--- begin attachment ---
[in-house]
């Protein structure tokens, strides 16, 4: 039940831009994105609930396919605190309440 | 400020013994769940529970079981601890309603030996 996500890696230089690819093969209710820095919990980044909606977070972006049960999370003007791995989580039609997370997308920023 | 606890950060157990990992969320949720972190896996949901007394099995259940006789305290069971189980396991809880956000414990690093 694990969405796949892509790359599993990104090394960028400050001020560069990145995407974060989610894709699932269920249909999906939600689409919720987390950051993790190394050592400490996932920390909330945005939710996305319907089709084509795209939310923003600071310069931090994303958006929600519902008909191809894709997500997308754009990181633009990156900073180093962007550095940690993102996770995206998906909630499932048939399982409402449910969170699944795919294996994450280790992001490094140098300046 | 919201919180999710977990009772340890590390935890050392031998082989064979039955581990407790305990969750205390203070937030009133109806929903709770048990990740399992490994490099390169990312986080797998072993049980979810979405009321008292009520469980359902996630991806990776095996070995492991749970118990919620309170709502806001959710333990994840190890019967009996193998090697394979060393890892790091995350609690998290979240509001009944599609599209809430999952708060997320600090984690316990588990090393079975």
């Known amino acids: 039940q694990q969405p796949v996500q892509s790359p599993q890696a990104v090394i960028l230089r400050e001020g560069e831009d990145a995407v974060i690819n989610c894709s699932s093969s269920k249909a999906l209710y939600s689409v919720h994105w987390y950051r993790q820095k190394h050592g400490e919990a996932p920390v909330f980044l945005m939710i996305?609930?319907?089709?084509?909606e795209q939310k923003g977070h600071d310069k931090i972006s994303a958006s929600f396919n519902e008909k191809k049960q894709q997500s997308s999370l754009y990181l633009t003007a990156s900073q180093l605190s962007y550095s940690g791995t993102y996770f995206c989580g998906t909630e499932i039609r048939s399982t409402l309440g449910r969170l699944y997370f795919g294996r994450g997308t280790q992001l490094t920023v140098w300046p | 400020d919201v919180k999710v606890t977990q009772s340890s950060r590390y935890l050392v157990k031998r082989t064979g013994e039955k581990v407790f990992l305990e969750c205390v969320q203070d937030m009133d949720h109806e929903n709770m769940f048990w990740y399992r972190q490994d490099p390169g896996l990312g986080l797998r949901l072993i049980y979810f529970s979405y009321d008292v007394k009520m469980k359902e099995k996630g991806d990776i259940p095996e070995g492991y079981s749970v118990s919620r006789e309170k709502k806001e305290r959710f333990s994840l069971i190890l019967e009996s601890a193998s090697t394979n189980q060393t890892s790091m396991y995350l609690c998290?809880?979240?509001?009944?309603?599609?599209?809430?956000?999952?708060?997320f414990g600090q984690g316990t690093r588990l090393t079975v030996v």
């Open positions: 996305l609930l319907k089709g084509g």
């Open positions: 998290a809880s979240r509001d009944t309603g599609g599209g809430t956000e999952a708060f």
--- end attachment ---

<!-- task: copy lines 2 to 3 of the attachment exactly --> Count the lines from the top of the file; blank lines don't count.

């Protein structure tokens, strides 16, 4: 039940831009994105609930396919605190309440 | 400020013994769940529970079981601890309603030996 996500890696230089690819093969209710820095919990980044909606977070972006049960999370003007791995989580039609997370997308920023 | 606890950060157990990992969320949720972190896996949901007394099995259940006789305290069971189980396991809880956000414990690093 694990969405796949892509790359599993990104090394960028400050001020560069990145995407974060989610894709699932269920249909999906939600689409919720987390950051993790190394050592400490996932920390909330945005939710996305319907089709084509795209939310923003600071310069931090994303958006929600519902008909191809894709997500997308754009990181633009990156900073180093962007550095940690993102996770995206998906909630499932048939399982409402449910969170699944795919294996994450280790992001490094140098300046 | 919201919180999710977990009772340890590390935890050392031998082989064979039955581990407790305990969750205390203070937030009133109806929903709770048990990740399992490994490099390169990312986080797998072993049980979810979405009321008292009520469980359902996630991806990776095996070995492991749970118990919620309170709502806001959710333990994840190890019967009996193998090697394979060393890892790091995350609690998290979240509001009944599609599209809430999952708060997320600090984690316990588990090393079975």
């Known amino acids: 039940q694990q969405p796949v996500q892509s790359p599993q890696a990104v090394i960028l230089r400050e001020g560069e831009d990145a995407v974060i690819n989610c894709s699932s093969s269920k249909a999906l209710y939600s689409v919720h994105w987390y950051r993790q820095k190394h050592g400490e919990a996932p920390v909330f980044l945005m939710i996305?609930?319907?089709?084509?909606e795209q939310k923003g977070h600071d310069k931090i972006s994303a958006s929600f396919n519902e008909k191809k049960q894709q997500s997308s999370l754009y990181l633009t003007a990156s900073q180093l605190s962007y550095s940690g791995t993102y996770f995206c989580g998906t909630e499932i039609r048939s399982t409402l309440g449910r969170l699944y997370f795919g294996r994450g997308t280790q992001l490094t920023v140098w300046p | 400020d919201v919180k999710v606890t977990q009772s340890s950060r590390y935890l050392v157990k031998r082989t064979g013994e039955k581990v407790f990992l305990e969750c205390v969320q203070d937030m009133d949720h109806e929903n709770m769940f048990w990740y399992r972190q490994d490099p390169g896996l990312g986080l797998r949901l072993i049980y979810f529970s979405y009321d008292v007394k009520m469980k359902e099995k996630g991806d990776i259940p095996e070995g492991y079981s749970v118990s919620r006789e309170k709502k806001e305290r959710f333990s994840l069971i190890l019967e009996s601890a193998s090697t394979n189980q060393t890892s790091m396991y995350l609690c998290?809880?979240?509001?009944?309603?599609?599209?809430?956000?999952?708060?997320f414990g600090q984690g316990t690093r588990l090393t079975v030996v």